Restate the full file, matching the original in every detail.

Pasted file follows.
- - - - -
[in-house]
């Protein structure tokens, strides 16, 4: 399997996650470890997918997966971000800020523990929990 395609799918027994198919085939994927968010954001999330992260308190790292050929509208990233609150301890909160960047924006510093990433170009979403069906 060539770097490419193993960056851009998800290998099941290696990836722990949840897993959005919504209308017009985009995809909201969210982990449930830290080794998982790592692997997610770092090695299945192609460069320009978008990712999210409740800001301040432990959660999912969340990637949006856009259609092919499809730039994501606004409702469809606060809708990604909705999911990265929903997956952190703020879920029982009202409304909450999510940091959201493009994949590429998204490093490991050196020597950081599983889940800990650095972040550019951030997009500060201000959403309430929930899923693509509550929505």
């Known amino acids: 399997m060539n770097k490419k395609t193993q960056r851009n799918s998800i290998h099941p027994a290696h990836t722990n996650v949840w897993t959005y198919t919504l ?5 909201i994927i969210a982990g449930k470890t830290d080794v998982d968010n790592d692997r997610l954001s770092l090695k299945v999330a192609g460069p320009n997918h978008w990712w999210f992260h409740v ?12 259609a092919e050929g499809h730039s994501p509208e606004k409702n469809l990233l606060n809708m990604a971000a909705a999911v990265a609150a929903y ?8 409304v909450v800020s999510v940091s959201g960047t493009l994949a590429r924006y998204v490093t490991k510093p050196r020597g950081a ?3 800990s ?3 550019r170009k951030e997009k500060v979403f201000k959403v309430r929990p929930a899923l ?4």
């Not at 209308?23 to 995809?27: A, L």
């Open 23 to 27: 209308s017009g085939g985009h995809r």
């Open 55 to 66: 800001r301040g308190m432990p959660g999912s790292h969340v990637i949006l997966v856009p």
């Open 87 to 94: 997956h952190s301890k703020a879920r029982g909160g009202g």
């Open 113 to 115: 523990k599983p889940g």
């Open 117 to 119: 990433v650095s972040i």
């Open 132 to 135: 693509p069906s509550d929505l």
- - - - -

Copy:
[in-house]
């Protein structure tokens, strides 16, 4: 399997996650470890997918997966971000800020523990929990 395609799918027994198919085939994927968010954001999330992260308190790292050929509208990233609150301890909160960047924006510093990433170009979403069906 060539770097490419193993960056851009998800290998099941290696990836722990949840897993959005919504209308017009985009995809909201969210982990449930830290080794998982790592692997997610770092090695299945192609460069320009978008990712999210409740800001301040432990959660999912969340990637949006856009259609092919499809730039994501606004409702469809606060809708990604909705999911990265929903997956952190703020879920029982009202409304909450999510940091959201493009994949590429998204490093490991050196020597950081599983889940800990650095972040550019951030997009500060201000959403309430929930899923693509509550929505």
């Known amino acids: 399997m060539n770097k490419k395609t193993q960056r851009n799918s998800i290998h099941p027994a290696h990836t722990n996650v949840w897993t959005y198919t919504l ?5 909201i994927i969210a982990g449930k470890t830290d080794v998982d968010n790592d692997r997610l954001s770092l090695k299945v999330a192609g460069p320009n997918h978008w990712w999210f992260h409740v ?12 259609a092919e050929g499809h730039s994501p509208e606004k409702n469809l990233l606060n809708m990604a971000a909705a999911v990265a609150a929903y ?8 409304v909450v800020s999510v940091s959201g960047t493009l994949a590429r924006y998204v490093t490991k510093p050196r020597g950081a ?3 800990s ?3 550019r170009k951030e997009k500060v979403f201000k959403v309430r929990p929930a899923l ?4």
């Not at 209308?23 to 995809?27: A, L």
């Open 23 to 27: 209308s017009g085939g985009h995809r």
């Open 55 to 66: 800001r301040g308190m432990p959660g999912s790292h969340v990637i949006l997966v856009p």
């Open 87 to 94: 997956h952190s301890k703020a879920r029982g909160g009202g």
């Open 113 to 115: 523990k599983p889940g």
């Open 117 to 119: 990433v650095s972040i």
């Open 132 to 135: 693509p069906s509550d929505l």